A plaque remaining from the Big Apple Night Club at West 135th Street and Seventh Avenue in Harlem.

Above, a 1934 plaque from the Big Apple Night Club at West 135th Street and Seventh Avenue in Harlem. Discarded as trash in 2006. Now a Popeyes fast food restaurant on Google Maps.

Recent entries:
“The F in communism stands for food” (3/27)
“Why do your kids go to school in gun-free zones, but Congress goes to work with armed guards?” (3/27)
“Why does Congress goes to work with armed security, but your kids go to school in gun-free zones?” (3/27)
“What do you do for a living?"/"My best. I do my best.” (3/27)
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Entry from July 26, 2012
YOYO Economics ("You’re On Your Own")

"YOYO” has been cited since at least 1988 to mean “You’re On Your Own.” “YOYO” has been used in medical slang as a saying to patients who leave a hospital.

Jared Bernstein’s book, All Together Now: Common Sense for a Fair Economy (2006), defined “YOYO” economics and its opposite approach, “WITT” ("We’re In This Together”). Bernstein—who later became Chief Economist and Economic Adviser to Vice President Joseph Biden—has said that Republicans believe in YOYO and Democrats believe in WITT.

Wikipedia: YOYO economics
YOYO (You’re On Your Own) economics is a term used to describe economic policy in which a government shifts responsibility for economic challenges on to individuals. Such challenges in the United States, for example, include managing globalization, maintaining Social Security, and lessening inequality. Thus, the government has a lessened role in the individual lives of its citizens. Such policies are associated with the Ronald Reagan and George W. Bush administrations.

Wikipedia: Jared Bernstein
Jared Bernstein is a Senior Fellow at the Center on Budget and Policy Priorities. From 2009 to 2011, Bernstein was the Chief Economist and Economic Adviser to Vice President Joseph Biden in the Obama Administration. Bernstein is considered to represent a progressive, pro-labor perspective.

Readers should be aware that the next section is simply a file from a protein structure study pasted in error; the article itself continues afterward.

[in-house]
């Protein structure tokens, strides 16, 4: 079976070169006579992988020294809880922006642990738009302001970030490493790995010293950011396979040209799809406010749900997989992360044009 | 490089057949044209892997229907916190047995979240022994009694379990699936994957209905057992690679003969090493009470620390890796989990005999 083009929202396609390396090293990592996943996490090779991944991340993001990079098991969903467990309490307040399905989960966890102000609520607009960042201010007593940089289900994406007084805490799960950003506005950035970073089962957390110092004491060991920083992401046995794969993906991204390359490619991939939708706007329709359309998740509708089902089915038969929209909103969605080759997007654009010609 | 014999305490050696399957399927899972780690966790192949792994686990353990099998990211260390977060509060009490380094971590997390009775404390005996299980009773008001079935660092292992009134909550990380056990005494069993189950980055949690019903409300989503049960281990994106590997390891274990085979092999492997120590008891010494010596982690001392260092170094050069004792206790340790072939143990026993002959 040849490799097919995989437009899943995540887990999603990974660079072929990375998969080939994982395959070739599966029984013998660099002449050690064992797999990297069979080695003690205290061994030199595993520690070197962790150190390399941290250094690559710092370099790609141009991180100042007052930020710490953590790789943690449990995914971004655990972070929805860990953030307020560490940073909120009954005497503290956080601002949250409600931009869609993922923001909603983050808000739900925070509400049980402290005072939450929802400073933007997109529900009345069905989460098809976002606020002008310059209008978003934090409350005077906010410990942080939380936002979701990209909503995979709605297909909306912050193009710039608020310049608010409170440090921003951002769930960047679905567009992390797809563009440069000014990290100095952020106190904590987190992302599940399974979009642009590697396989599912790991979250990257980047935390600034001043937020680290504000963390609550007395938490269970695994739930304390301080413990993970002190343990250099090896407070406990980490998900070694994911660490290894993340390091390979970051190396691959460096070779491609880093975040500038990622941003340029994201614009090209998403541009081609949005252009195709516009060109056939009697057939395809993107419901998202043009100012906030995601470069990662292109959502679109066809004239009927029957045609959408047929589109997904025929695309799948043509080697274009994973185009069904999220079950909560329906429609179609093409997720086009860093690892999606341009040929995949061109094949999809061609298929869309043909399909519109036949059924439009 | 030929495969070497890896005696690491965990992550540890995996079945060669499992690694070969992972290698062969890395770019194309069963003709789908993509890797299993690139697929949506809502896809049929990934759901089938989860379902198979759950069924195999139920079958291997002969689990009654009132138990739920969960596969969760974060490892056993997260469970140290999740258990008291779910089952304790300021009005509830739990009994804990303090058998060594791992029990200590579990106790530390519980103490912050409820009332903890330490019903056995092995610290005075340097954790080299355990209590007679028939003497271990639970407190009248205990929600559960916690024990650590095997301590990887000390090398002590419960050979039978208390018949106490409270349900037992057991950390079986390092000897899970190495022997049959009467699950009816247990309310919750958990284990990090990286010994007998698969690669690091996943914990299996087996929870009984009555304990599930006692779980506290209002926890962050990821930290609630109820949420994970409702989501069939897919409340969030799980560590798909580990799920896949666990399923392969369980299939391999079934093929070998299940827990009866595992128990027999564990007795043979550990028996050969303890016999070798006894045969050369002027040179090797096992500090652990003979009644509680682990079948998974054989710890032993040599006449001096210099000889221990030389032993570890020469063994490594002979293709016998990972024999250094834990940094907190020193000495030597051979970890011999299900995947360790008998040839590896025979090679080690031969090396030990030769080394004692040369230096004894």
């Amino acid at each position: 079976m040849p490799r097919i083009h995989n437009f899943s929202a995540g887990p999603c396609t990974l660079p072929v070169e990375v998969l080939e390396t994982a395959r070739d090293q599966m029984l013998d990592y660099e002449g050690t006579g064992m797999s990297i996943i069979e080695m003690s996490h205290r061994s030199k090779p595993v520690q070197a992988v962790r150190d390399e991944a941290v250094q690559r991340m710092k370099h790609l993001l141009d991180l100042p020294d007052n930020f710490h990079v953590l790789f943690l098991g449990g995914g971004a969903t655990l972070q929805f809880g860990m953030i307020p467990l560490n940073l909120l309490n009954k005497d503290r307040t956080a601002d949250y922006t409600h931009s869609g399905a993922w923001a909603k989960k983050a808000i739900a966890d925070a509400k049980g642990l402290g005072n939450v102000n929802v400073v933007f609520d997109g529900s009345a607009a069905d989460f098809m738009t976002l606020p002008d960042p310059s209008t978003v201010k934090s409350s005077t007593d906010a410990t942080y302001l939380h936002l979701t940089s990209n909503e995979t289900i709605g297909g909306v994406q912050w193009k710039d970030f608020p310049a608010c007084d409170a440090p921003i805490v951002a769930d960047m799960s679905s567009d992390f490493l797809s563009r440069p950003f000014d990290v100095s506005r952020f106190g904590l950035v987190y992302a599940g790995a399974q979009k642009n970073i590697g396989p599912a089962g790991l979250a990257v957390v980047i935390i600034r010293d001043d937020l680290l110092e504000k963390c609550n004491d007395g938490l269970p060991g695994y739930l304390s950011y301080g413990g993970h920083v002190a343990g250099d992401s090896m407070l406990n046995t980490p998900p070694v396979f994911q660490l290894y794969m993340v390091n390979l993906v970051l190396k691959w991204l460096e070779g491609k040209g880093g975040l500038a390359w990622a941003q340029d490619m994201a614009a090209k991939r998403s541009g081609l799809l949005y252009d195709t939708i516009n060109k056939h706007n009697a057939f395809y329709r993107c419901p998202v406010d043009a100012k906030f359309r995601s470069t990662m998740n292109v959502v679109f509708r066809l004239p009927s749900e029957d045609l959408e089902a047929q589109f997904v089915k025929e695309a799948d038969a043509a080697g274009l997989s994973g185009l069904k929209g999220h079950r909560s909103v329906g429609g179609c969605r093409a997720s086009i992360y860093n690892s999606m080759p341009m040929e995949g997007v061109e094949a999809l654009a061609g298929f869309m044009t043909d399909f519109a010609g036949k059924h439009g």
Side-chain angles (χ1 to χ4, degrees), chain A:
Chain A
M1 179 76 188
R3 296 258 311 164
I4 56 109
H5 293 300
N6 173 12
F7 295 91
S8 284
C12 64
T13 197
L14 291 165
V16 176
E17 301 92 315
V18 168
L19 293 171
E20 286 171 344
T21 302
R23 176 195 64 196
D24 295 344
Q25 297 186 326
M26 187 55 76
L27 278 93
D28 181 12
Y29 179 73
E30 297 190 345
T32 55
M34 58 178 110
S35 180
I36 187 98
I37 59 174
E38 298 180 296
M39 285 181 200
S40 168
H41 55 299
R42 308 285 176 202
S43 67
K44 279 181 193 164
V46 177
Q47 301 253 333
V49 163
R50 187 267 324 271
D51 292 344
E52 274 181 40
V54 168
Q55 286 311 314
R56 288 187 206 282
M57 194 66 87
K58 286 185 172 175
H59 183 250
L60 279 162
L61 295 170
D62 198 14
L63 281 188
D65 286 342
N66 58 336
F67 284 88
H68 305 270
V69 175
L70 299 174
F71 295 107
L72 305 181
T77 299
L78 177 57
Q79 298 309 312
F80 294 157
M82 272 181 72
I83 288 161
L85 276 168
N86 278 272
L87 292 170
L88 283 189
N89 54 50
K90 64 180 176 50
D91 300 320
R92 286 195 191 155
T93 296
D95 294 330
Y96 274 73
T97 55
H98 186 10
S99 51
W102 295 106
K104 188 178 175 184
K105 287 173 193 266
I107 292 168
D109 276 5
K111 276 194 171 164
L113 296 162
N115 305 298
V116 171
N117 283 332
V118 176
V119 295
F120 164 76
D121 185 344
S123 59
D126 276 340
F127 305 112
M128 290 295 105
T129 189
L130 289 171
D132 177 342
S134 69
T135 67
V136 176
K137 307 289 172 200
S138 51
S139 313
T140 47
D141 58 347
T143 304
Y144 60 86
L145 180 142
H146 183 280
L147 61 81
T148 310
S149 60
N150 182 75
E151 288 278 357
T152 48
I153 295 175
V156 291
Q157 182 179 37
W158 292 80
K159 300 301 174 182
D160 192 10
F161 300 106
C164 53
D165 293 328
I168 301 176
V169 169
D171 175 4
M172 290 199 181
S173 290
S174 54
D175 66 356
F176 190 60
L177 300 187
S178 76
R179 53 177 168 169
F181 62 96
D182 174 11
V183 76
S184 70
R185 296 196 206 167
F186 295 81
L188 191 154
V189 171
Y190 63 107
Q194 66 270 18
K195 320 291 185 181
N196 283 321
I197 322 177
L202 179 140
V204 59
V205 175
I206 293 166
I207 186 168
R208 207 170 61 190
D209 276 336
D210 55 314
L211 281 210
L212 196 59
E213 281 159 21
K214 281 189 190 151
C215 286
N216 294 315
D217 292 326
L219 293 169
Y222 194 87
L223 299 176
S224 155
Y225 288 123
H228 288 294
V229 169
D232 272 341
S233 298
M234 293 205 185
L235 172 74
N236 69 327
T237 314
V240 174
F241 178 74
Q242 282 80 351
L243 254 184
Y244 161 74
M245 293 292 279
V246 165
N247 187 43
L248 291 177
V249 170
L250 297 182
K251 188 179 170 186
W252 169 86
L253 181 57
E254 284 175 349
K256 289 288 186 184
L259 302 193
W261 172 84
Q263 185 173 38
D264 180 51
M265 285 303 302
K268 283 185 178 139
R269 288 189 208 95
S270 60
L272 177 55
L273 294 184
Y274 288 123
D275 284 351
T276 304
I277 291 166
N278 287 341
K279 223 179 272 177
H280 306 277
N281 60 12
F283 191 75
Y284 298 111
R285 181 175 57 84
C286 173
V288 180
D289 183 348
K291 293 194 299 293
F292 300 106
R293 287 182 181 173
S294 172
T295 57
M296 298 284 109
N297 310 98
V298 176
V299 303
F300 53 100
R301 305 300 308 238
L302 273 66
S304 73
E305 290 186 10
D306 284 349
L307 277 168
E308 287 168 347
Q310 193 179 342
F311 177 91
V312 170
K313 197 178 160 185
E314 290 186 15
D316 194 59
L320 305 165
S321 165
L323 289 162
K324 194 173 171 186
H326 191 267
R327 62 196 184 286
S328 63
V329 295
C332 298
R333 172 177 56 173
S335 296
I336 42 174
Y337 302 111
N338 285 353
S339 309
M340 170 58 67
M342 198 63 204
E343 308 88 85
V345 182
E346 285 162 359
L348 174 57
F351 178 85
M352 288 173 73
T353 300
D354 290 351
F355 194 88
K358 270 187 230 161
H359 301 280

Urban Dictionary
Medical slang, but can be used anywhere: Means: You’re on your own. Used in a hospital on the day of discharge as in the phrase “OOB,OTD, YOYO” : Out of Bed, Out the Door, You’re on your own. Can be used by parents of colleged aged kids, or by someone breaking up with someone else. .
I’ve had it with you, YOYO!
by DoctorSteve Sep 12, 2006

11 December 1988, Chicago (IL) Tribune, “Verbal ‘Malpractice’: Joking about death eases the hospital life” by Ryan Ver Berkmoes, Tempo, pg. 12:
Written on this patient’s chart one might find the cryptic letters “AMF YO YO,” which mean “Adios, (expletive), you’re on your own.”

New York (NY) Times
ABOUT NEW YORK; Greeting a New Yorker? Keep It Short and Sweet
By Michael T. Kaufman
Published: August 04, 1993
There are these two New York artists, Librado Romero and Chris Maynard, who for several years have been discussing and embellishing a fantasy of starting something they want to call the YOYO School of the Arts. As they see it, they would advertise to attract people who want to become New York Artists. Once enrollment fees were received the two prospective deans would welcome the prospective students to the city, explaining what YOYO stands for—both literally and in its teaching approach—is: You’re On Your Own. Not a bad guiding principle for an art school or for this city.